Professional Sportsperson Kaiwhakataetae Ngaio

Professional sportspeople take part in competitive national and international sports such as rugby, football, cricket, netball, golf, tennis and horse racing.

Professional sportspeople must register with their sport's national organisation to represent their country internationally.

Professional sportspeople may do some or all of the following:

  • follow a training programme to develop fitness and strength
  • practise the skills, drills and teamwork of their sport
  • decide on competitive plans and strategies with coaches
  • compete in national or international events
  • consult with health professionals
  • maintain their equipment
  • work with sponsors
  • public speaking.

Jockey

To become a licenced jockey you must complete the National Certificate in Equine (Level 4).

Harness Driver

To become a harness driver you need to work as a trainee for up to four years. This training leads to the National Certificate in Equine - Harness Racing (Level 4).

Physical Requirements

Professional sportspeople need to have excellent fitness and health.

Useful Experience

Useful experience for professional sportspeople includes:

  • participation in junior, school or amateur sports events
  • any outdoor recreation work or experience dealing with the public
  • any other experience in their chosen sport or field.

Personal Qualities

Professional sportspeople need to be:

  • competitive and motivated
  • observant and alert
  • disciplined and willing to work hard
  • able to remain calm and perform well under pressure
  • good at communicating with others
  • able to accept feedback and criticism
  • able to work well in a team.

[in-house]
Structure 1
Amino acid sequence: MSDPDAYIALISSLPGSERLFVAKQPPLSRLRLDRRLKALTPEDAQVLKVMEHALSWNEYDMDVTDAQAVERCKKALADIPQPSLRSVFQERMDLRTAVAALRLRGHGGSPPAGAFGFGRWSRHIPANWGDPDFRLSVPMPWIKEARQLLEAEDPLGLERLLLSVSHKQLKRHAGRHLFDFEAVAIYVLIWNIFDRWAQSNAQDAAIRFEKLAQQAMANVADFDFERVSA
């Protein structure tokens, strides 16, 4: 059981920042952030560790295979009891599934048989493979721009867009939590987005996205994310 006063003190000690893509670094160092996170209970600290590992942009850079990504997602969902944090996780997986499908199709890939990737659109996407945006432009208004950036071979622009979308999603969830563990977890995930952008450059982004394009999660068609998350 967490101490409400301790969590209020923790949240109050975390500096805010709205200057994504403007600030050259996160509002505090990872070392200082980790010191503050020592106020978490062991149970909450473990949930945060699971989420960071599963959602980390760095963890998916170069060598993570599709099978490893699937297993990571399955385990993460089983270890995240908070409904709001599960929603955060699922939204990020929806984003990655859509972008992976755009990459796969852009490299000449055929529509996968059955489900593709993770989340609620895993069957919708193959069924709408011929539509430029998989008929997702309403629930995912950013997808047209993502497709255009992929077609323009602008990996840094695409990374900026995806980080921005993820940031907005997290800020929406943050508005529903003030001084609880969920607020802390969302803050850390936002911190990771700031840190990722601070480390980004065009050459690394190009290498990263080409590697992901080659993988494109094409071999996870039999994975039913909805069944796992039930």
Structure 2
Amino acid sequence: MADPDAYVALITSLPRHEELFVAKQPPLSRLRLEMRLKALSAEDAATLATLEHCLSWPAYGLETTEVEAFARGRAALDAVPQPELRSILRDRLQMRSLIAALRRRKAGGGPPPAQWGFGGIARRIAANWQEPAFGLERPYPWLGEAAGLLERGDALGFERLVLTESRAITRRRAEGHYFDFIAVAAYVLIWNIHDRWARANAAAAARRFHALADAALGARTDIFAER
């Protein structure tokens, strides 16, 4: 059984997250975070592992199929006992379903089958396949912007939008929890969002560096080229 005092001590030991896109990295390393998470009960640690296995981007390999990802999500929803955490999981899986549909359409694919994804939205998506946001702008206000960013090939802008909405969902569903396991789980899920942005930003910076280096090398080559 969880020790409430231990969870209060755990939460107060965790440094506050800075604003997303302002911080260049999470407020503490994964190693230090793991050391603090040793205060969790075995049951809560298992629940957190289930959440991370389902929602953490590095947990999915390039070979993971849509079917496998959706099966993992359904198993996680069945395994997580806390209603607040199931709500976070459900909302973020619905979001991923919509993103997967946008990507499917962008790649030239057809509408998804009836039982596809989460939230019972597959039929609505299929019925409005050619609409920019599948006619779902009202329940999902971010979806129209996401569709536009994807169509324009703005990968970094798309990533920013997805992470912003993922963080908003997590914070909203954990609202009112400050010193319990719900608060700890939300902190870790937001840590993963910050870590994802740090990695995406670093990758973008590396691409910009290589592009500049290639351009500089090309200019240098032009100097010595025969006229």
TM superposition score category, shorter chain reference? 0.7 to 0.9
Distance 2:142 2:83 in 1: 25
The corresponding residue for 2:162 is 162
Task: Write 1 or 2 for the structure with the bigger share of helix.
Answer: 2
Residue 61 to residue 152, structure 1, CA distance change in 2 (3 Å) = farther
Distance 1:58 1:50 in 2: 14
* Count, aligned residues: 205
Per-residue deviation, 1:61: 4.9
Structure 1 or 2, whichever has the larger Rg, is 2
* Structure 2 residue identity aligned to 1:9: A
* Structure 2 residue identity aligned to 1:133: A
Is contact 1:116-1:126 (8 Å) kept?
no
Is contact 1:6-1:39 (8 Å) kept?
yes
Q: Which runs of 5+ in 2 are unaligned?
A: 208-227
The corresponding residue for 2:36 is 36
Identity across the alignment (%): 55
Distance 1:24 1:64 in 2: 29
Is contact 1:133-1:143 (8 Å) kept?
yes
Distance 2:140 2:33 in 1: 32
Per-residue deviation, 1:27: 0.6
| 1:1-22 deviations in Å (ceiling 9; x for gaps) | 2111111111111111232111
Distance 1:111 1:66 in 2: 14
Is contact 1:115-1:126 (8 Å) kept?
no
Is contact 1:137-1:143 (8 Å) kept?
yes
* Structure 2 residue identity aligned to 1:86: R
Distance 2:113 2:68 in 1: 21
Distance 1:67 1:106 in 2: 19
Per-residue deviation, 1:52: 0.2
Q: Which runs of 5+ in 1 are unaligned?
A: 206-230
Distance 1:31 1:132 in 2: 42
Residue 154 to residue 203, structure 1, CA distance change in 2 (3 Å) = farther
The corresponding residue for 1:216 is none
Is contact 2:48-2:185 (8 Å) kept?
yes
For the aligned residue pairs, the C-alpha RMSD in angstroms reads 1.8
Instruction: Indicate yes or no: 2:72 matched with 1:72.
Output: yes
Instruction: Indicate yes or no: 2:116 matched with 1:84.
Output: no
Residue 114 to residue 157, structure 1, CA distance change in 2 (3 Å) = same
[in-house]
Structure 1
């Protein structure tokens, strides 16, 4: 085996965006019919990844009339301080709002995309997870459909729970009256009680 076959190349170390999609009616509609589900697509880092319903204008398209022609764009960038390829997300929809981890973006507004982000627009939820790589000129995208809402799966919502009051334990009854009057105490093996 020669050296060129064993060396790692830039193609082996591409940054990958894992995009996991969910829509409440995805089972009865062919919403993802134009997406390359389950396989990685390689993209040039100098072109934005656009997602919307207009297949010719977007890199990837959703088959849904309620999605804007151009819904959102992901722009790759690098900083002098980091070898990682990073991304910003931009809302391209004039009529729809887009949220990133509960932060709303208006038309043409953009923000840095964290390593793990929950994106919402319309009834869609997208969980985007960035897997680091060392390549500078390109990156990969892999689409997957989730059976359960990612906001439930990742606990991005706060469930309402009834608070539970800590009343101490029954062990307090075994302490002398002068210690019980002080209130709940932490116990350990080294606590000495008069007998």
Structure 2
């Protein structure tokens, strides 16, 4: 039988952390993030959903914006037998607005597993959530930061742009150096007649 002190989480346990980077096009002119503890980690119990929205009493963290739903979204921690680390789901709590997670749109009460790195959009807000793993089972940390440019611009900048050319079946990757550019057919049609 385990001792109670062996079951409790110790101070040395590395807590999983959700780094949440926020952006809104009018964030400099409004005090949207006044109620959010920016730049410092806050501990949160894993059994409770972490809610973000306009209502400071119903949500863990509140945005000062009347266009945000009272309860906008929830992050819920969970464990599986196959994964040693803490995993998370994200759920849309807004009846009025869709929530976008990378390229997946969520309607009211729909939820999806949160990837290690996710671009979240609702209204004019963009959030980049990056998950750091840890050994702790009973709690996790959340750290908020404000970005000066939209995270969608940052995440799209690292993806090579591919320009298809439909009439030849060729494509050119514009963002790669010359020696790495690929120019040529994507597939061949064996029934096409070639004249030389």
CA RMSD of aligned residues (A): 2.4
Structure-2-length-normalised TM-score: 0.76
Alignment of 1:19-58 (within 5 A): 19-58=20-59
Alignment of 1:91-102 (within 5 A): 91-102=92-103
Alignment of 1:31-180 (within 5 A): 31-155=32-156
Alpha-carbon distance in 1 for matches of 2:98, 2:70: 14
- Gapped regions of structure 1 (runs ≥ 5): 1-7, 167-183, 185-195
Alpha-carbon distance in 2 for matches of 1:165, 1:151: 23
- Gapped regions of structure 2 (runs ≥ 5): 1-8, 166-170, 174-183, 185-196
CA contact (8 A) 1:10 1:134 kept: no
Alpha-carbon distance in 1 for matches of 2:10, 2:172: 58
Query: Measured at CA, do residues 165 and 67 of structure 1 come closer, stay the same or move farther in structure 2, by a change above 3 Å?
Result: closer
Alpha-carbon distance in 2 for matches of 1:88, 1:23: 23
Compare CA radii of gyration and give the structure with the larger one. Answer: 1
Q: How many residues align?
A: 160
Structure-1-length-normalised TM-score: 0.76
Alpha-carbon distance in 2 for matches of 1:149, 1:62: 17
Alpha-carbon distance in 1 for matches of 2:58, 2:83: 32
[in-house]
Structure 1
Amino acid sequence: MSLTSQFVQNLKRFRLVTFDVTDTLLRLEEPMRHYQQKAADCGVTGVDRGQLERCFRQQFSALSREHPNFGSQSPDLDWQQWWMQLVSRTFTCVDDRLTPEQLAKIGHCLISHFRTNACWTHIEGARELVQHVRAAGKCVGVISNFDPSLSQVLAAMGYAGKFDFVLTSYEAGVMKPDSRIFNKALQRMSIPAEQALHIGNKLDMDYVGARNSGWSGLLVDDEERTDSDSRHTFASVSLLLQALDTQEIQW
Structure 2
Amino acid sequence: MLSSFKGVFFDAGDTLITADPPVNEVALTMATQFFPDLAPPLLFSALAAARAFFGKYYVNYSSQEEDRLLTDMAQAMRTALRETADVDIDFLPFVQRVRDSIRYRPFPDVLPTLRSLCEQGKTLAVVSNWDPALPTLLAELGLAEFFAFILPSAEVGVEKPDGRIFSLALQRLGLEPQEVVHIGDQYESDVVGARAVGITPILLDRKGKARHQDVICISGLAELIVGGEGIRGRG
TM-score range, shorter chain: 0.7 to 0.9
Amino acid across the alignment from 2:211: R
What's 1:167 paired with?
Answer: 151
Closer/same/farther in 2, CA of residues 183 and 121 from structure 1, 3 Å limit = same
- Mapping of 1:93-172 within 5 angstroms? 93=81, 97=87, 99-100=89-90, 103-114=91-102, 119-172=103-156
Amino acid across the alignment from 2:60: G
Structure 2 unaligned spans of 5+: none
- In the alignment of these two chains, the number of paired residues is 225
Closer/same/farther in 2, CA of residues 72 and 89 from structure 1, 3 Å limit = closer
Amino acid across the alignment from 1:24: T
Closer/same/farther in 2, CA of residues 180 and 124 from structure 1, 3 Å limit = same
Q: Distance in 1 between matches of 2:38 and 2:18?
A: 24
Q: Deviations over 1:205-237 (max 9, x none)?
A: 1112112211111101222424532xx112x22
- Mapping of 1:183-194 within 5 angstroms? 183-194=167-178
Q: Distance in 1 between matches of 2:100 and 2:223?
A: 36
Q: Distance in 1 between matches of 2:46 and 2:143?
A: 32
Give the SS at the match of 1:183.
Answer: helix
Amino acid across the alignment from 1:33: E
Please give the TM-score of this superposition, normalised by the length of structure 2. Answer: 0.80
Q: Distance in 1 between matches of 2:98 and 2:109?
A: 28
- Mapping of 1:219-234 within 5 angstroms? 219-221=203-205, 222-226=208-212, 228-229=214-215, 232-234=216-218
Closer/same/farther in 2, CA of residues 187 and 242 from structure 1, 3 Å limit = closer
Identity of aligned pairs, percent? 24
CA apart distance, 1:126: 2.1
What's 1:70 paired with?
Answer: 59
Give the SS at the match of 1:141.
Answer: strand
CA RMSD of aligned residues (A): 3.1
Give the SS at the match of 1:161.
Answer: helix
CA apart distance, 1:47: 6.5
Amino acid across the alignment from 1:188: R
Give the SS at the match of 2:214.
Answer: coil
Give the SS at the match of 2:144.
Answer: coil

Useful Experience

Useful experience for professional sportspeople includes:

  • participation in junior, school or amateur sports events
  • any outdoor recreation work or experience dealing with the public
  • any other experience in their chosen sport or field.

Subject Recommendations

There are no specific secondary education requirements to become a professional sportsperson. However, physical education, biology, science and English to at least NCEA Level 2 are useful.

Professional Sportspersons can earn around per year.

Chances of getting a job as a Professional Sportsperson are good due to a shortage of people interested in this type of work.

Professional sportspeople follow a variety of paths when they retire from professional sport. Many go on to unrelated work, though others stay in the sports and recreation industry working as coaches, sports managers, administrators or commentators.

Professional sportspeople usually specialise in a particular sport such as netball, rugby, rugby league, tennis or cricket. Other specialisations include:

Footballer
Footballers play as part of a team in football competitions or tournaments.

Golfer
Golfers compete for money and prizes in golf tournaments. They may also act as a resident professional in golf schools and clubs.

Harness Driver
Harness drivers drive a horse from a sulky (a light cart), which is towed behind the horse in harness races.

Jockey
Jockeys ride racehorses at race meetings, trial meetings, jump outs and for track work.

Professional Sportsperson

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